For a long time I thought our species had a way out of death: eventually we’d figure out immortality, become a multiplanetary species, and travel as far in the universe as our understanding of physics would permit.
We only needed enough time.
Then a friend pointed out to me that, no no no, such a thing could not happen as the universe would inevitably begin to fall back on itself and crush everything in existence. 1
So if literally EVERYTHING will one day cease to exist, what the f*ck is the point of anything?
Here’s my latest stab.
To enjoy consciousness today, all previous generations had to live and die:
“Death is very likely the single best invention of Life. It is Life’s change agent. It clears out the old to make way for the new.”
A lot of people had to die so that we might live.
Some people find inspiration in Jesus dying for mankind.
But I find it even more inspiring that all previous generations gave their lives so that humanity could march on, allowing you and I to enjoy consciousness at this precise moment.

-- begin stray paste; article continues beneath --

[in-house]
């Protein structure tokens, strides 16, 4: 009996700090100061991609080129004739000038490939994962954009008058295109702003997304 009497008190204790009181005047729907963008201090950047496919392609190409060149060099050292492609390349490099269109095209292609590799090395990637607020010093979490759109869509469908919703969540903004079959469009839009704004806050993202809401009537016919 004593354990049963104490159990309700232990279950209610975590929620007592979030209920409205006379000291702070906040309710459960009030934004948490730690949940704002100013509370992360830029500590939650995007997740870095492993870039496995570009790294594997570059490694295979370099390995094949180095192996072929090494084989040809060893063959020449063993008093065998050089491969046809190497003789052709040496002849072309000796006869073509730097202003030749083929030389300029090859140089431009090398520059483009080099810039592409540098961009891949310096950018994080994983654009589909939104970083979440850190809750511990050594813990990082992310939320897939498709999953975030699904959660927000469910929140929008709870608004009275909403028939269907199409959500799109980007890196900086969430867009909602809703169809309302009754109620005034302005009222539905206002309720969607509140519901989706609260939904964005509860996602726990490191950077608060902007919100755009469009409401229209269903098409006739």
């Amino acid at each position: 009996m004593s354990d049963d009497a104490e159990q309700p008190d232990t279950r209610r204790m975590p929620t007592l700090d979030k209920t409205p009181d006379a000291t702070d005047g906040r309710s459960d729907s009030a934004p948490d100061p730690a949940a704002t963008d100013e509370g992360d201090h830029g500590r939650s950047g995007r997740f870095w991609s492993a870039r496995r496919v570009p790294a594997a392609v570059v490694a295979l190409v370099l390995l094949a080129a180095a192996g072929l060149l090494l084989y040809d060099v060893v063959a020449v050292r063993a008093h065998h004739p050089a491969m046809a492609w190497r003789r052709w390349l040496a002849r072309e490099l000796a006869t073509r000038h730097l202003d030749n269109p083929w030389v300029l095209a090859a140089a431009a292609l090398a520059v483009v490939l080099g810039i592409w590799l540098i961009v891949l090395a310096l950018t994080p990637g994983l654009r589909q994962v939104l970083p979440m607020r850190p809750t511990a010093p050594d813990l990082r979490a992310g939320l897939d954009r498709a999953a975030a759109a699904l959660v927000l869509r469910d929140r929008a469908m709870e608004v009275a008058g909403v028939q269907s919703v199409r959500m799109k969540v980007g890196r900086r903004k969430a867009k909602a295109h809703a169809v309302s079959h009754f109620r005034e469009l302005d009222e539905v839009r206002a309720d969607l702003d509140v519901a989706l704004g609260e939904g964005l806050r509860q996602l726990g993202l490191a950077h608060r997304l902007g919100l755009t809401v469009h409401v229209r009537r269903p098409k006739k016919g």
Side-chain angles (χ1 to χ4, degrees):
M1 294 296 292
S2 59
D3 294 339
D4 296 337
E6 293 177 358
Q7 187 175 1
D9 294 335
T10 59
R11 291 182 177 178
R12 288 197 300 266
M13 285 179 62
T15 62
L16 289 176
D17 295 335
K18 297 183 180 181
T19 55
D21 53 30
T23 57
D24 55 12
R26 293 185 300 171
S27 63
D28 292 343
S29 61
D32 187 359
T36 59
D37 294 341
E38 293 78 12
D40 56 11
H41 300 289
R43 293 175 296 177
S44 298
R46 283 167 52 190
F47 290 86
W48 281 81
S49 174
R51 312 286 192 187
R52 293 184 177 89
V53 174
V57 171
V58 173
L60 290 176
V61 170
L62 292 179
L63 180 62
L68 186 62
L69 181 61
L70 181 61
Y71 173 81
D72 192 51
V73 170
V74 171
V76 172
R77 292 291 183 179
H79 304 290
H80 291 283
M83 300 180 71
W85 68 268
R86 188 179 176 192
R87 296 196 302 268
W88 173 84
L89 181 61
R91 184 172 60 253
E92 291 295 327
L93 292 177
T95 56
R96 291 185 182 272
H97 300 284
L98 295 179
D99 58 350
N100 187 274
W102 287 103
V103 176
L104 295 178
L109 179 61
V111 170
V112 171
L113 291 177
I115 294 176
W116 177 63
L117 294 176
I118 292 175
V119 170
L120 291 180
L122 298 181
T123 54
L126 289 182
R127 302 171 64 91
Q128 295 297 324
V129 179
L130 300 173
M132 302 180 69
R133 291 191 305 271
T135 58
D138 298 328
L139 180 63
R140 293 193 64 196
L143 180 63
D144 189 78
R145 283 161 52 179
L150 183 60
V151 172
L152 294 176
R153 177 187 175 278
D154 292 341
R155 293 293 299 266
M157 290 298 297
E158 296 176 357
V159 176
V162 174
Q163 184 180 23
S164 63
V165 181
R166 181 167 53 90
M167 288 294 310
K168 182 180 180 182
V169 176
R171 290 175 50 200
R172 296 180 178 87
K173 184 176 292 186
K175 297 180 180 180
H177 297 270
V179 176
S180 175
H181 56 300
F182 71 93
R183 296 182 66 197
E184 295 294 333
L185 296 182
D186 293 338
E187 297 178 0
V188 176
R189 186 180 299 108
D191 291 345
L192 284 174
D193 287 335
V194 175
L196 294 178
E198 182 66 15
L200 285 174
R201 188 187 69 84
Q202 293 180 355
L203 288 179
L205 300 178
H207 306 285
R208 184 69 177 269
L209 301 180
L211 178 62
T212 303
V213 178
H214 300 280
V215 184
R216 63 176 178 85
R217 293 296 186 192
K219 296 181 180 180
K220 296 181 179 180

And so that’s how I find meaning in death: dying will be a tiny part of that push forward.
Just a little more evolution, a little more progress, a small shot at giving more humans the chance at consciousness.
I’d known this expanding/contracting universe fact for a long time, but apparently my desire to find purpose and immortality overcame my brain’s ability to combine that fact with the prior desire. This is a life lesson: our bodies and minds are often not incentivized to find truth↩